The Donald W. Seldin Research Symposium is the annual resident and fellow research day hosted by the Department of Medicine. Started in 2015, it has rapidly become the flagship research event of our program. The goal of the Seldin Symposium is threefold:

  1. to highlight interesting cases residents see and important research residents partake in
  2. to promote the research mission of the Department of Medicine and residency program
  3. to foster and forge research collaboration within the department and the residency program

The Seldin Symposium is typically held in the Spring. Almost all abstracts are accepted for presentation. Clinical and basic research, case reports, high-value care and quality improvement initiatives are presented in poster format and are independently judged by several members of the department of medicine. Participants present their posters to faculty judges and invited guest judge during sessions held on Thursday (in 2019, we had >100 submissions).  Grand Rounds delivered Friday morning by an esteemed and prominent researcher (guest judge) within the world of medicine.

In support of your scholarly achievements and to enable the extension and publication of your work, as Seldin Scholar or Foster Fellows the resident/fellow – faculty mentor collaborative teams will receive modest financial recognition.  This is made possible by way of a generous gift to UTSW and the Department of Internal Medicine.

The highest scoring projects, the Foster Fellows, are presented in a short oral format the Friday following the Seldin Symposium at Grand Rounds. A panel of judges votes on the most impressive project, which is awarded the Seldin Scholar award. The vision of the Seldin Symposium is to have all residents (and Fellows) present at least one academic work every year. Work presented at the Seldin Symposium can be reported on one's CV and fellowship application.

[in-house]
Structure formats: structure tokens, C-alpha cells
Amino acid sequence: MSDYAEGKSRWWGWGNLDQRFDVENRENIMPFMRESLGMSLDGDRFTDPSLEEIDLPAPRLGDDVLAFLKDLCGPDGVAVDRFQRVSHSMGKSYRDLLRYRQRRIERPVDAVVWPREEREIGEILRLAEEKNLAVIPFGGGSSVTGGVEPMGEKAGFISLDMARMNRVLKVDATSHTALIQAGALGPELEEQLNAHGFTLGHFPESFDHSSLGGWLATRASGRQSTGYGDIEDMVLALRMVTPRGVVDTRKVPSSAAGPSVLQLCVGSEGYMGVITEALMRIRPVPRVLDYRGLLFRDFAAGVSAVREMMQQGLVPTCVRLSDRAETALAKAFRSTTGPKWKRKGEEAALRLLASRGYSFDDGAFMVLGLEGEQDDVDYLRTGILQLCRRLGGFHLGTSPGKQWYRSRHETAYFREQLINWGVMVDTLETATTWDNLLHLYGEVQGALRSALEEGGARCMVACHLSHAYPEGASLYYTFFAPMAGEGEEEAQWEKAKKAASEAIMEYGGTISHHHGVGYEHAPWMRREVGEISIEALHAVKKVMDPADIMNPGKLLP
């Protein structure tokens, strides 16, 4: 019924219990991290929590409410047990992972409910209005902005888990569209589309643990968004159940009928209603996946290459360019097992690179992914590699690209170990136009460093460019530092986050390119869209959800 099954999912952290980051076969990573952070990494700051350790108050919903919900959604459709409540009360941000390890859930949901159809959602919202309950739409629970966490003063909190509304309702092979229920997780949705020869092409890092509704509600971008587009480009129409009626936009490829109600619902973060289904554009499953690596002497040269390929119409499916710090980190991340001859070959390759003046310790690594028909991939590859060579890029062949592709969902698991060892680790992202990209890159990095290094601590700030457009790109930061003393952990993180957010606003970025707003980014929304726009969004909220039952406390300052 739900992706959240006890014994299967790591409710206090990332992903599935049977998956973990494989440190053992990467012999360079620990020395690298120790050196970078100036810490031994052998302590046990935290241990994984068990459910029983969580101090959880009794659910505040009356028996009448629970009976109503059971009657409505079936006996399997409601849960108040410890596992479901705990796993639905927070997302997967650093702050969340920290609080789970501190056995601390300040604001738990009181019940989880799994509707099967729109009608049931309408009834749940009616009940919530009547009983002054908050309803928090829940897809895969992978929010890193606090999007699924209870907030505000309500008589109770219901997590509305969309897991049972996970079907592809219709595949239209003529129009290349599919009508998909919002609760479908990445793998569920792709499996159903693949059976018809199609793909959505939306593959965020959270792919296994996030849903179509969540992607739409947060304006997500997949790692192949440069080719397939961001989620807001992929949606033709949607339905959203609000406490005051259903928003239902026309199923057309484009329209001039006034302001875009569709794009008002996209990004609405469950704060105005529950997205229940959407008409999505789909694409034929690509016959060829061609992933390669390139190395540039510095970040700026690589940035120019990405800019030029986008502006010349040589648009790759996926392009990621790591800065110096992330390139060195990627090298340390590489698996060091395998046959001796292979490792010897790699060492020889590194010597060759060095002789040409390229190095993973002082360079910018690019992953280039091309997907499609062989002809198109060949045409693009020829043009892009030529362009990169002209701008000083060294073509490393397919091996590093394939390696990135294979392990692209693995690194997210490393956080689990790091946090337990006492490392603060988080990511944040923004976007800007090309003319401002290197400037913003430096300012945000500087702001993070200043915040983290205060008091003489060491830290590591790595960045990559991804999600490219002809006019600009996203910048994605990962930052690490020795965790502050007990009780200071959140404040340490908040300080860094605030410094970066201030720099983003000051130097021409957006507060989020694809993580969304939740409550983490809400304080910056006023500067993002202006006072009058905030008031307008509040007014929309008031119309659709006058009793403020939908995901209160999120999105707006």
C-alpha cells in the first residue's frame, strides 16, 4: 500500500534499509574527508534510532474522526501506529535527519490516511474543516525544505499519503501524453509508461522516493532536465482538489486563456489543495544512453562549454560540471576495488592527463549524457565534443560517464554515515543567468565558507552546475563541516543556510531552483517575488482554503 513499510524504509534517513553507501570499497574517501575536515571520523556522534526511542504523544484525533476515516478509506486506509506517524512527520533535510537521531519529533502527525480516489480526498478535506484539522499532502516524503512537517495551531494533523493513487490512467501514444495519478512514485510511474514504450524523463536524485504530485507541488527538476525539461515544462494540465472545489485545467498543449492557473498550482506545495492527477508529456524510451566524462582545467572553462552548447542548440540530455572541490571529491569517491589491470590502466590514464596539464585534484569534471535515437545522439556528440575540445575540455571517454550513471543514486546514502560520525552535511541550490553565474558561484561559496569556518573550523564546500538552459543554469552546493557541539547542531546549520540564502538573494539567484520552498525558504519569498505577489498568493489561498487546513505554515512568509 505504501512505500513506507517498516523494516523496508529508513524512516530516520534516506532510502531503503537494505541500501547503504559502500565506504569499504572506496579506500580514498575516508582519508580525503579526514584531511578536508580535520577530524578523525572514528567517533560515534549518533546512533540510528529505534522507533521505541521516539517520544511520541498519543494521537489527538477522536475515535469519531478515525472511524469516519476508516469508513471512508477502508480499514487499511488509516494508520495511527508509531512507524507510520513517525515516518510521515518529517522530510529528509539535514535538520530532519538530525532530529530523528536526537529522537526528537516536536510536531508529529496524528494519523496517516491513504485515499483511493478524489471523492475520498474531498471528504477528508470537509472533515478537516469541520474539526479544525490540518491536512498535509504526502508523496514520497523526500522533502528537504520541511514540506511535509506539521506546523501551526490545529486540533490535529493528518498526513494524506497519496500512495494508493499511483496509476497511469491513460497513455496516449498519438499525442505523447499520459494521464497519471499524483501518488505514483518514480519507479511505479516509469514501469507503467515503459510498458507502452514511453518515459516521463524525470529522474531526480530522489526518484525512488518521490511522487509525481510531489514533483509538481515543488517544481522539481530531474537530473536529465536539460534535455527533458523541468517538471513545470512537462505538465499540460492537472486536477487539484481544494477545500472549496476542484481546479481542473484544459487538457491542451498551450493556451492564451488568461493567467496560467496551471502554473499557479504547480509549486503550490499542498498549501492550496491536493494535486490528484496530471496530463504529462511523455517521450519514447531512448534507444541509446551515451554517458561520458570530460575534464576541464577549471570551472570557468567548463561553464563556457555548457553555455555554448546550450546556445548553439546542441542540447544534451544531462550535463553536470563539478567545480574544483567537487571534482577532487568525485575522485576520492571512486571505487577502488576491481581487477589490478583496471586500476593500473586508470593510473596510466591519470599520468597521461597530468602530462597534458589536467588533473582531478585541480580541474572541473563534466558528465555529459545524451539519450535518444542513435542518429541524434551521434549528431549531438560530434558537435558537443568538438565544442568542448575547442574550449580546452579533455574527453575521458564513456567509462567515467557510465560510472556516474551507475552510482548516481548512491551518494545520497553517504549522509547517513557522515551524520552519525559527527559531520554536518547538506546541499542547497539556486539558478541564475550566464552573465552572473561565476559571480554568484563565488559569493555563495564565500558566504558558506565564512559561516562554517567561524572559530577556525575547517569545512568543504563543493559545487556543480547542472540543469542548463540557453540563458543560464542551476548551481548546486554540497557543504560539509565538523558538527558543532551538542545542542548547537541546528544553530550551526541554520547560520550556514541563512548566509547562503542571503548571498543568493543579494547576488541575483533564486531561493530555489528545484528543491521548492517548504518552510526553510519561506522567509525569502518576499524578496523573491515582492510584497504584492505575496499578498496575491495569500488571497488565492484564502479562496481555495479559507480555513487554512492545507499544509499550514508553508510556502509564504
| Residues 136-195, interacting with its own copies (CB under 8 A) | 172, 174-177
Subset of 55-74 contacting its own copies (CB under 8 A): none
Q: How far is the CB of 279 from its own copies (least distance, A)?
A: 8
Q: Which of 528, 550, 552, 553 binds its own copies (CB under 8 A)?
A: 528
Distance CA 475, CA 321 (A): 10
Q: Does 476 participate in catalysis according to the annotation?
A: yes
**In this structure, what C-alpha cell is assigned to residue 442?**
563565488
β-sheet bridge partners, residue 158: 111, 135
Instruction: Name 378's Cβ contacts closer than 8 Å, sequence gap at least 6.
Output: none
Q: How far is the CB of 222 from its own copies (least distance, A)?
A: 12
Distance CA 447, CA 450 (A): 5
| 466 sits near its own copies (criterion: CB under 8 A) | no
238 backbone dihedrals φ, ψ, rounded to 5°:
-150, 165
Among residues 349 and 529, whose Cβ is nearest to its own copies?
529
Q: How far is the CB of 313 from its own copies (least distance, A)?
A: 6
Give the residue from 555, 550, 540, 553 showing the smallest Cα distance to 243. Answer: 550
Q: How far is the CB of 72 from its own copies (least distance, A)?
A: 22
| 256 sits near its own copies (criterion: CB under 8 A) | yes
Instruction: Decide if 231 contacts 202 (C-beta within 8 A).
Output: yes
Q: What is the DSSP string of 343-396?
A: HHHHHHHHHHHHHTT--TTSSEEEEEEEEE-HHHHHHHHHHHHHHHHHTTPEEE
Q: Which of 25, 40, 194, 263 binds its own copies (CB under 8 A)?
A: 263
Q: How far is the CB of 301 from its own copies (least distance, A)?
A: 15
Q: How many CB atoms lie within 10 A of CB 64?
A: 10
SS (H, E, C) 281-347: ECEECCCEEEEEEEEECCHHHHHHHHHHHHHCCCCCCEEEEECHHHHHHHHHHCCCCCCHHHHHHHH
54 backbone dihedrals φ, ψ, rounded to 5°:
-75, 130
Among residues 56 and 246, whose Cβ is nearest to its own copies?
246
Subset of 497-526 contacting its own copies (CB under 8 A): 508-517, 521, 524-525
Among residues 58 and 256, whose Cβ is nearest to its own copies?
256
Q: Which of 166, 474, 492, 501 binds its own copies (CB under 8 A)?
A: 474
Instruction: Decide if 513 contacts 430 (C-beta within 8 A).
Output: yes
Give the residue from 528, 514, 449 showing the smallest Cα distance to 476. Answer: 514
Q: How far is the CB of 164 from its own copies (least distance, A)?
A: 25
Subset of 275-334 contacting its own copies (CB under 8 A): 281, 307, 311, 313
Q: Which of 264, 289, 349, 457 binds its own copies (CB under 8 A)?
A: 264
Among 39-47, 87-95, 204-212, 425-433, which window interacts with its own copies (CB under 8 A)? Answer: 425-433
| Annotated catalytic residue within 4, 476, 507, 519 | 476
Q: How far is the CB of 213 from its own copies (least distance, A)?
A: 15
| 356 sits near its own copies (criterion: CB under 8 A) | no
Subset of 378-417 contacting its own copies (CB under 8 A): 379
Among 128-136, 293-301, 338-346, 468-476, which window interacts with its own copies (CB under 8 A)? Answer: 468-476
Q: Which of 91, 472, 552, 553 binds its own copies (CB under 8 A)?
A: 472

2021 Seldin Symposium Dates.

  • 1/25/2021 - Abstract submissions open
  • 3/7/2021 - Abstracts submissions due
  • 3/15/2021 - Poster submissions open
  • 4/5/2021 - Poster submissions due
  • 4/15/2021 - Seldin Symposium Poster Sessions
  • 4/16/2021 - Seldin Symposium Keynote Grand Rounds 
  • 4/23/2021 - Foster Fellow presentations

Previous Symposiums

Seldin Research Symposium: Abstracts 2020

Seldin Research Symposium: Abstracts 2019

Seldin Research Symposium: Abstracts 2018

Seldin Research Symposium: Abstracts 2017

Seldin Research Symposium: Abstracts 2016

2021 Keynote Speaker

Seldin Symposium Keynote Speaker, Dr. Robert M. Califf

Robert M. Califf, MD, MACC
Head of Clinical Policy and Strategy for Verily and Google Health
Adjunct Professor, Duke University and Stanford University

2020 – Grand Rounds Speaker 
Due to the Covid-19 pandemic, Dr. Goldstein was unable to present at Grand Rounds.

  • Joseph Goldstein, M.D.
    Professor of Molecular Genetics and Internal Medicine
    Chair, Molecular Genetics
    "How to Solve a Scientific Puzzle: Clues from Stockholm and Broadway"

2019 – Grand Rounds Speaker and Guest Judge

  • Markey McNutt, M.D., Ph.D.
    Assistant Professor, Department of Internal Medicine 
    Eugene McDermott Center for Human Growth and Development 
    "The Genetic Basis of Heritable Disease"

2018 – Grand Rounds Speaker and Guest Judge

  • Michael Brown, M.D.
    The W.A. (Monty) Moncrief Distinguished Chair in Cholesterol and Arteriosclerosis Research 
    Regental Professor 
    Paul J. Thomas Professor of Molecular Genetics 
    Director, Jonsson Center for Molecular Genetics
    Recipient of the Nobel Prize in Physiology or Medicine 1985
    "Controlling Cholesterol"

2017 – Grand Rounds Speaker and Guest Judge

  • Marlene Rabinovitch, M.D.
    Dwight and Vera Dunlevie Professor in Pediatric-Cardiology
    Staff Scientist, Vera Moulton Wall Center for Pulmonary Vascular Disease
    Stanford University School of Medicine
    Robert L. Johnson, Jr., M.D., Lectureship in Internal Medicine, hosted by Dr. Connie Hsia, Division of Pulmonary and Critical Care Medicine
    “Crossing the Intersection of Genetics and Inflammation to Find a Cure for Pulmonary Arterial Hypertension”